The Athens-Clarke County Mayor and Commission discussed a proposed resiliency package for the county, which would provide financial aid for people and businesses impacted by the COVID-19 pandemic during an online work session Tuesday evening.
Commissioners passed an ordinance March 19 including language ordering county Manager Blaine Williams to allocate up to $3 million in funds to provide assistance to those affected by the disease. Williams recommended a total of $6.42 million in funds be used across several relief programs, including a $1 million small business revolving loan program and a $3.42 million public utility rate reduction for all ratepayers.
Local businesses affected by the outbreak may also receive aid from the federal government through the Small Business Administration. The SBA is providing a paycheck protection program, which gives small businesses up to $10 million for expenses associated with payroll. Businesses can also apply for a loan advance of up to $10,000 for emergency relief, said interim Emergency Management Coordinator J.W. Thaxton.
The local small business revolving loan program would provide bridge funding to SBA programs for small businesses to pay rent, mortgages or payroll until they get more secure funding. The loans would be up to $5,000 and would be repaid starting a year after the end of the emergency declaration at 1% interest. The interest would be refunded to the business if the loan is repaid within a year after the end of the declared emergency.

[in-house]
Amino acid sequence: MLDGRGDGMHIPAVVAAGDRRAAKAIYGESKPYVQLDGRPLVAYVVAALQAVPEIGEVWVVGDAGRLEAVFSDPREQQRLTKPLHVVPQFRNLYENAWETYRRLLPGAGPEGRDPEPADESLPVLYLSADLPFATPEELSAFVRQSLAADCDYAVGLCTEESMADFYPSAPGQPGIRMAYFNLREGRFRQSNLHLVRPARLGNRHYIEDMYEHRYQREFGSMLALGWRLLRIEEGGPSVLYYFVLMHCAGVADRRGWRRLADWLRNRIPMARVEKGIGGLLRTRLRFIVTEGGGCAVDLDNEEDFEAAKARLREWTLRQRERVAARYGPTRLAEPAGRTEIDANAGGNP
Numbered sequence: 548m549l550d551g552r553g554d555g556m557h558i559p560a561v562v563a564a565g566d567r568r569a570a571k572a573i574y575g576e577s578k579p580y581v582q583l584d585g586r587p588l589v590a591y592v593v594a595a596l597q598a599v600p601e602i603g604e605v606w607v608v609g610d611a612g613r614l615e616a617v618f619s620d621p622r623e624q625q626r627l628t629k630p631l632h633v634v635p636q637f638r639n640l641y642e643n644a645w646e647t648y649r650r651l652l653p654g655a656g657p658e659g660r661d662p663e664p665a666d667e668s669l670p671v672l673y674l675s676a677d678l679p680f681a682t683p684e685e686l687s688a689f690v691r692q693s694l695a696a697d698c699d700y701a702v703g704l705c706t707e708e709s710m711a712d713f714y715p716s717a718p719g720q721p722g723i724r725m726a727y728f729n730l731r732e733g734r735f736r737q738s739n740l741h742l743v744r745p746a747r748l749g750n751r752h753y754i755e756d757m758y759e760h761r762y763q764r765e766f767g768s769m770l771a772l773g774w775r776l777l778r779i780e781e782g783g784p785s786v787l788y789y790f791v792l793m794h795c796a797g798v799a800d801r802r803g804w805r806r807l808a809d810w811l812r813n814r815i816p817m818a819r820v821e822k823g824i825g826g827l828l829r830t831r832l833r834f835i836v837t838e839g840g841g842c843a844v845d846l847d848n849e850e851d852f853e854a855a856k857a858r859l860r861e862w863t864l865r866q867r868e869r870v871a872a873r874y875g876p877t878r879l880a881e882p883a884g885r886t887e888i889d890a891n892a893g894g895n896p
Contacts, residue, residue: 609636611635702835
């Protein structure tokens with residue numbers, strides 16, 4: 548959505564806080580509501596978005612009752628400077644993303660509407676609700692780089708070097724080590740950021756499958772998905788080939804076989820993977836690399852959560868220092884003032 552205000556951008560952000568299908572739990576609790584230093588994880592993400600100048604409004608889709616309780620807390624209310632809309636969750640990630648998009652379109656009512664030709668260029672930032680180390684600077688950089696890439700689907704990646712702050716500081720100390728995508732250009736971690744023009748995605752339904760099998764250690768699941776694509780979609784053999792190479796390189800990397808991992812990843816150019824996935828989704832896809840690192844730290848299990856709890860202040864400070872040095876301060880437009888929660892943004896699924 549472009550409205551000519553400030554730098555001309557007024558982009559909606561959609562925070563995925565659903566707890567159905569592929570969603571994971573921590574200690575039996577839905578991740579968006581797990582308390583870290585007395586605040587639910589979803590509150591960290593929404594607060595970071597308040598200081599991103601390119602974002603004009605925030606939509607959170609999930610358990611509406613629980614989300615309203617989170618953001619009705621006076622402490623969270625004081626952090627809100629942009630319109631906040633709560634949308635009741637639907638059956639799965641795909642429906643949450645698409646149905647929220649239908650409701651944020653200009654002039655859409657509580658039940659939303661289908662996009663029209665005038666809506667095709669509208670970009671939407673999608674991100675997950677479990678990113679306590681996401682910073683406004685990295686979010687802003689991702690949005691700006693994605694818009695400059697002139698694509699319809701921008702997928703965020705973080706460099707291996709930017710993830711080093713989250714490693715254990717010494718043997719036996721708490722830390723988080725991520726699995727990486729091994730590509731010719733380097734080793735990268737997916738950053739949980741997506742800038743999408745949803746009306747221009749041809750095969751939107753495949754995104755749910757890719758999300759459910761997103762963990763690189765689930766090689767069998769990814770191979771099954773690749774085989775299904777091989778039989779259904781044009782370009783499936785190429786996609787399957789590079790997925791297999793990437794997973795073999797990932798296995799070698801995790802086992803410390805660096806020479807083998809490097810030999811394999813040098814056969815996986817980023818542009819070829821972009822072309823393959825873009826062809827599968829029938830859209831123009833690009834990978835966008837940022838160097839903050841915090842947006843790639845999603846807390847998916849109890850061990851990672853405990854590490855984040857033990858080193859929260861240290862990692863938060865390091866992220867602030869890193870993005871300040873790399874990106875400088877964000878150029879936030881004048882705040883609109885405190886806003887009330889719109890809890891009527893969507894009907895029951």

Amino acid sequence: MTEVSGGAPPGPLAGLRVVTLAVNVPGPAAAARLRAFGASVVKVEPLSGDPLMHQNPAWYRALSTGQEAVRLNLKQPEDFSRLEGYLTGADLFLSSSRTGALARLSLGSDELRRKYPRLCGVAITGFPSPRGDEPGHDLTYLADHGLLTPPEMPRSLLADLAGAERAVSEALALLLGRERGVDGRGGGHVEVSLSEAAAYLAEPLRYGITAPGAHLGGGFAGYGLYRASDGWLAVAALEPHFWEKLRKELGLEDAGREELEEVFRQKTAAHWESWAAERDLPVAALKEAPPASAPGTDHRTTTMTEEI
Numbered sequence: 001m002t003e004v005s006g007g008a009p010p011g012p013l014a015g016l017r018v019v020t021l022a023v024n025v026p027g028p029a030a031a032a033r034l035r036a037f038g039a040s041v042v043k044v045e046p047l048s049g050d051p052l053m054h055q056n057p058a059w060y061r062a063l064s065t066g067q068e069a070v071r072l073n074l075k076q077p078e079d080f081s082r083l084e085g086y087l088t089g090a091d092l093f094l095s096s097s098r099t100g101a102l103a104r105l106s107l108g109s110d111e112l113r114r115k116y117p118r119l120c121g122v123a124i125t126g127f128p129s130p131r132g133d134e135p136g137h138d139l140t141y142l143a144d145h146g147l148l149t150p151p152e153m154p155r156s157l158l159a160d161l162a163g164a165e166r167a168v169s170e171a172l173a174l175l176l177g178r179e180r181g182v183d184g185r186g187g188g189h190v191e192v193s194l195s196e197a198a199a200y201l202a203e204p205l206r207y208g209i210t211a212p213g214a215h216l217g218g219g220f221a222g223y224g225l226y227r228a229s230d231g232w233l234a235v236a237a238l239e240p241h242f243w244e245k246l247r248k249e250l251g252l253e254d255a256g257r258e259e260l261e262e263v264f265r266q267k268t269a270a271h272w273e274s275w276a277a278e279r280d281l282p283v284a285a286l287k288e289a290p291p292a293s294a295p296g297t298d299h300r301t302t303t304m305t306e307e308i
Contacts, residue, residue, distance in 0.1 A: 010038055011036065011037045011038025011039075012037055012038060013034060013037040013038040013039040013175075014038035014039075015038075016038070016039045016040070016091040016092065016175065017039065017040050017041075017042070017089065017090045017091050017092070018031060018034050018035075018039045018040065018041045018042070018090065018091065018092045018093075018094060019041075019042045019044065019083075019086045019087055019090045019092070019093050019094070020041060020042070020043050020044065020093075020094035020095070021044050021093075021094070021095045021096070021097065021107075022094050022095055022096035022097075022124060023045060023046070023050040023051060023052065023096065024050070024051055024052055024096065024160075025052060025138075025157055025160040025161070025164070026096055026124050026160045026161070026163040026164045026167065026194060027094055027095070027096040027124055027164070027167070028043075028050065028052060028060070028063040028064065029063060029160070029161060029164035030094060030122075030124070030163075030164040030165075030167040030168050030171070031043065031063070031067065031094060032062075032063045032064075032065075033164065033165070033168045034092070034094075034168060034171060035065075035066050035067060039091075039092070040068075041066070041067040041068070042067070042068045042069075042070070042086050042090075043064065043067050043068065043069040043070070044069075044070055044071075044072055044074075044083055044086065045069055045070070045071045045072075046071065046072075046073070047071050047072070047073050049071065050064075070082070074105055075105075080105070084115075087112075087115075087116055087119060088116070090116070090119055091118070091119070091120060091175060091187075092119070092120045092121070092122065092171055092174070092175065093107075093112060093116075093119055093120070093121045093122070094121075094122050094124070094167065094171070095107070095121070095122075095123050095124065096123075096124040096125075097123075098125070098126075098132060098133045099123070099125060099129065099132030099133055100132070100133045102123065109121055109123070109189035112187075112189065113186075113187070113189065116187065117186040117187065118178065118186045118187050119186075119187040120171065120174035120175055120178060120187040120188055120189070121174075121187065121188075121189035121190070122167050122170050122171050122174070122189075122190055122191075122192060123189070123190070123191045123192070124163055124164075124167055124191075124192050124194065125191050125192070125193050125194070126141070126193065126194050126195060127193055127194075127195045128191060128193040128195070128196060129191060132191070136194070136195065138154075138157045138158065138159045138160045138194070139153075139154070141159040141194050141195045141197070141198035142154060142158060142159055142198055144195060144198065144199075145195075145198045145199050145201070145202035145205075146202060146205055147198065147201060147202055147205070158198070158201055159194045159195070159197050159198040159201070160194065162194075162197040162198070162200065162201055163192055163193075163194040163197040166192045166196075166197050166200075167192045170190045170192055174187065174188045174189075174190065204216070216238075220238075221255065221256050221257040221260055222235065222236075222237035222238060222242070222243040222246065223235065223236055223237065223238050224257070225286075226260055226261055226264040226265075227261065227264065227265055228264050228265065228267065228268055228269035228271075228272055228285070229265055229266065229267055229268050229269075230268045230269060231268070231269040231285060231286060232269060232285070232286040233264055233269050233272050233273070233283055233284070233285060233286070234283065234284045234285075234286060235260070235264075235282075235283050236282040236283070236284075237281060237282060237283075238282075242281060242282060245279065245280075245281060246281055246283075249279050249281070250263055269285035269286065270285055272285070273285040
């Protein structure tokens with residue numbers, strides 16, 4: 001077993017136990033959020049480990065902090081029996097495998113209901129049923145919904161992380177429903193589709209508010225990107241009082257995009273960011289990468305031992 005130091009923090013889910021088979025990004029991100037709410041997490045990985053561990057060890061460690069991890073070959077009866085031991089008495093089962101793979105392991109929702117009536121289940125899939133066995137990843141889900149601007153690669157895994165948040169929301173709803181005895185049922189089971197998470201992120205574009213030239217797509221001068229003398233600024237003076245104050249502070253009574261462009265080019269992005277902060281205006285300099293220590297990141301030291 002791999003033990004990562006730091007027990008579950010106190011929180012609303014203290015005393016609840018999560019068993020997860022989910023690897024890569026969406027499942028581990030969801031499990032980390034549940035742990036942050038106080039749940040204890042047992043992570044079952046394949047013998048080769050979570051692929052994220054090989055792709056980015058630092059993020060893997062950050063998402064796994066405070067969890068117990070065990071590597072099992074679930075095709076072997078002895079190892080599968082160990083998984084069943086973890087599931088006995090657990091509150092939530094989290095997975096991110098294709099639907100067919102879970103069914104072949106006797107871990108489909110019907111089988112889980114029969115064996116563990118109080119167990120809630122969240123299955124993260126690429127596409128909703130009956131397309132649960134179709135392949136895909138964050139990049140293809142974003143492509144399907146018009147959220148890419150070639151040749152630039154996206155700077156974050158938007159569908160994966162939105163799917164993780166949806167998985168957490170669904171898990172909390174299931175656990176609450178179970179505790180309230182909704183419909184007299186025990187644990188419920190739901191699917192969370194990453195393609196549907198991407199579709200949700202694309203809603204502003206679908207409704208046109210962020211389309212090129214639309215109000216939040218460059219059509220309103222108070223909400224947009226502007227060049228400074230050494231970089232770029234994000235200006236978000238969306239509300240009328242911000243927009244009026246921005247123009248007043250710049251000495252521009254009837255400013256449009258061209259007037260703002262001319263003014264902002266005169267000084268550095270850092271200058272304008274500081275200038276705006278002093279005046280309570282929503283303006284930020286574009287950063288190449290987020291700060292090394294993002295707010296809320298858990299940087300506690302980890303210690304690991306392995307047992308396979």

Williams also suggested an emergency assistance program which would aid community partners to provide rent, utility and food assistance to those impacted, as well as hotel, motel or other shelter provisions for the county’s homeless population.
Commissioners also unanimously passed a resolution calling for landlords and mortgage holders to freeze rents, halt evictions and foreclosures and waive late fees for residents and property owners who fail to pay on time due to impacts from the COVID-19 outbreak.
The resolution also calls on Gov. Brian Kemp and President Donald Trump to impose a moratorium on residential and commercial rents and mortgages, so that renters and property owners would not be required to pay rent during the health emergency.
District 2 Commissioner Mariah Parker and District 5 Commissioner Tim Denson wrote the resolution. District 4 Commissioner Allison Wright clarified the resolution was only a “call for action” and that the Mayor and Commission could not do anything to “follow up” on some of the ideas in the resolution.
Mayor Kelly Girtz said he anticipates an extension of the local emergency ordinance at the commission’s next voting meeting on April 7.
“Scientists are saying right now … We’re looking at a June timeframe before we get back to anything approaching normalcy,” Girtz said. “So, I probably imagine us moving in a kind of one-month extension with some potentially modest modifications.”
Williams also presented an updated county budget update for fiscal year 2021. According to Williams’ presentation, the estimates in the budget assume the COVID-19 prevention measures — social distancing, the shelter-in-place ordinance and limited group gatherings — will be lifted in one or two months, and extension of the measures beyond that will require adjustments.